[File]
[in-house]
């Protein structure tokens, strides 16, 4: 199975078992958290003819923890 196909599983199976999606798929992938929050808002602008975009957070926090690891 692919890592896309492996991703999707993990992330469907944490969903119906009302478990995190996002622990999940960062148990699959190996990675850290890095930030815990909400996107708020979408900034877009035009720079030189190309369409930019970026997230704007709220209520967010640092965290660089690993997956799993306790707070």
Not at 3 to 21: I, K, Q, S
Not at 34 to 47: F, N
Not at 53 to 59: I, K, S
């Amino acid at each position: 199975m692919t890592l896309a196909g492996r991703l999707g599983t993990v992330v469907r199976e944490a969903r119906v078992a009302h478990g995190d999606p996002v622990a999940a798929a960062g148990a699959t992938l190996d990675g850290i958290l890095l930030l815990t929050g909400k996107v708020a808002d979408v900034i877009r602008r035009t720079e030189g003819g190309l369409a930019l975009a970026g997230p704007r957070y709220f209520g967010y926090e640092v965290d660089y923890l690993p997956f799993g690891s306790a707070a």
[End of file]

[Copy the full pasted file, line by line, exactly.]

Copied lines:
[in-house]
């Protein structure tokens, strides 16, 4: 199975078992958290003819923890 196909599983199976999606798929992938929050808002602008975009957070926090690891 692919890592896309492996991703999707993990992330469907944490969903119906009302478990995190996002622990999940960062148990699959190996990675850290890095930030815990909400996107708020979408900034877009035009720079030189190309369409930019970026997230704007709220209520967010640092965290660089690993997956799993306790707070």
Not at 3 to 21: I, K, Q, S
Not at 34 to 47: F, N
Not at 53 to 59: I, K, S
């Amino acid at each position: 199975m692919t890592l896309a196909g492996r991703l999707g599983t993990v992330v469907r199976e944490a969903r119906v078992a009302h478990g995190d999606p996002v622990a999940a798929a960062g148990a699959t992938l190996d990675g850290i958290l890095l930030l815990t929050g909400k996107v708020a808002d979408v900034i877009r602008r035009t720079e030189g003819g190309l369409a930019l975009a970026g997230p704007r957070y709220f209520g967010y926090e640092v965290d660089y923890l690993p997956f799993g690891s306790a707070a």